On library funding

I’ve been thinking about writing an editorial for our local social media outlet.  This is a little bit personal.  I’m starting with this blog – where I have an audience a little more attached to me – THAT’S YOU!!

I have a Master of Library Science degree.  Obtained in 1986.  With a specialty in Archives.  I served as a volunteer archivist for a number of years, but have not been directly employed in the library area for awhile. 

As I watch local libraries – whether public or institutional – I see a great change happening.  In the late 90’s a friend, who was a library IT person, predicted the decline of libraries as warehouses and book distribution centers.

That day is now here. 

I recently read a research paper presented at a conference in Alberta.  The arguments were well written and the logic backed by research,  Of the over 20 books and articles cited and researched, only four were actual bibliographic entries that would indicate a “paper copy”.  All the rest were obtained digitally.

As I was taking my library school studies 30 years ago, there was a tip of the iceberg visible in the distance.  We knew that information was valuable.  Accessibility would be the key.  Google soon stood as the symbol of just that accessibility.

Some were suggesting that libraries expand their mandates – from mere parts departments dispensing books to something else.  The gamut ran to providing reference librarians for expert searching, to storytelling and literacy campaigns, to provision of community meeting space, to provision of internet access, to . . .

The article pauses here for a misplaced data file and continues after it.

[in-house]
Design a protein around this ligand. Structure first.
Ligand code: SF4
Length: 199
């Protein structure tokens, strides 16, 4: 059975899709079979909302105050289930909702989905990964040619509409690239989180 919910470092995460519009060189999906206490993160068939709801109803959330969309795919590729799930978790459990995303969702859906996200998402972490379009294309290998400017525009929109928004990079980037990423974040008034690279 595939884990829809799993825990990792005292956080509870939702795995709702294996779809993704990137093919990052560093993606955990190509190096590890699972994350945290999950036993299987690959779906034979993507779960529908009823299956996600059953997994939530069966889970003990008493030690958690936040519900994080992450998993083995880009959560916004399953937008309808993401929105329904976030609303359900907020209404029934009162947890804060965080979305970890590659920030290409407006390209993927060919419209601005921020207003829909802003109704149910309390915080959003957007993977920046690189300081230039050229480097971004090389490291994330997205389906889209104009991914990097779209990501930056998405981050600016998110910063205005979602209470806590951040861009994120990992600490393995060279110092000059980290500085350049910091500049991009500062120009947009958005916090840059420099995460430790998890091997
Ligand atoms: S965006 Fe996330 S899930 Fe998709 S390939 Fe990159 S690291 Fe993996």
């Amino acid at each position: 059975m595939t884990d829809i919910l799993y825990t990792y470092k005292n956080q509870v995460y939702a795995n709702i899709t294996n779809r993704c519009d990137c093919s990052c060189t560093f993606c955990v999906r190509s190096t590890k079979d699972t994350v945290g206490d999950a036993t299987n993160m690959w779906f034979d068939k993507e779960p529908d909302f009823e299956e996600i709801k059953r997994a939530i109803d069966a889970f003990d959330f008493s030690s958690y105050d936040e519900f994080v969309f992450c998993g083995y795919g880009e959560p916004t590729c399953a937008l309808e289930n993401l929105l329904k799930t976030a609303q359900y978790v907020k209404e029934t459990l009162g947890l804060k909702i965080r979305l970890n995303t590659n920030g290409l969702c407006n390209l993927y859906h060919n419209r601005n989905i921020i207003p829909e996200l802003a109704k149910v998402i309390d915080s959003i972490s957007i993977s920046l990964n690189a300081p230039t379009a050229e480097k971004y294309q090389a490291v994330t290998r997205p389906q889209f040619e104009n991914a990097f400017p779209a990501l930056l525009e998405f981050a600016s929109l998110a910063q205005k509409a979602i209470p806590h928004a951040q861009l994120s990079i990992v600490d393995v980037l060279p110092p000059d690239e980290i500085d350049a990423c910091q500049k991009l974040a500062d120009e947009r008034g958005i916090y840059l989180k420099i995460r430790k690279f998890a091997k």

Have we lost the pinpoint accuracy of the library’s mandate, or have we expanded to take on the greater social good?  Have libraries become social service centers or are libraries best at doing a more focused service of providing access to information?

I would dare to say that the answer to these question has dictated funding in the most recent Saskatchewan budget.

4 thoughts on “On library funding

  1. I love libraries ! And I love a book in my hand ! Maybe it is oldfashioned but it is much more comfortable than sitting at a oomputer ! Everything is changing, and much quicker to do many things now but sometimes I think it will come to the day when people are out of date and no longer needed.. Machines and technology are quicker but “cold”.

  2. Dell and I are very disappointed by the huge funding cuts and the resulting unemployment here in Saskatchewan. It happened so quickly. I can see the need for library services to greatly expand, but to lose services like inter-library loans is most discouraging to those of us who prefer reading books in hand to the monotony of scrolling on a screen.

  3. I too prefer the feel of a book in my hand to the print on the screen. I worry though, that
    our libraries, especially the small town ones, will dwindle and die in coming years. As I don’t personally use the library but purchase the books I read, I must say that I realize that I am not helping the cause much. A comment on the local radio station I heard this morning lamented the funding cuts and one of the solutions suggested to declining use of the libraries is to use them more. Not a bad idea.

  4. Thanks, all, for your thoughts. This is very much an area where we need to consider how our society is changing. And what part we will play in maintaining vibrant communities.

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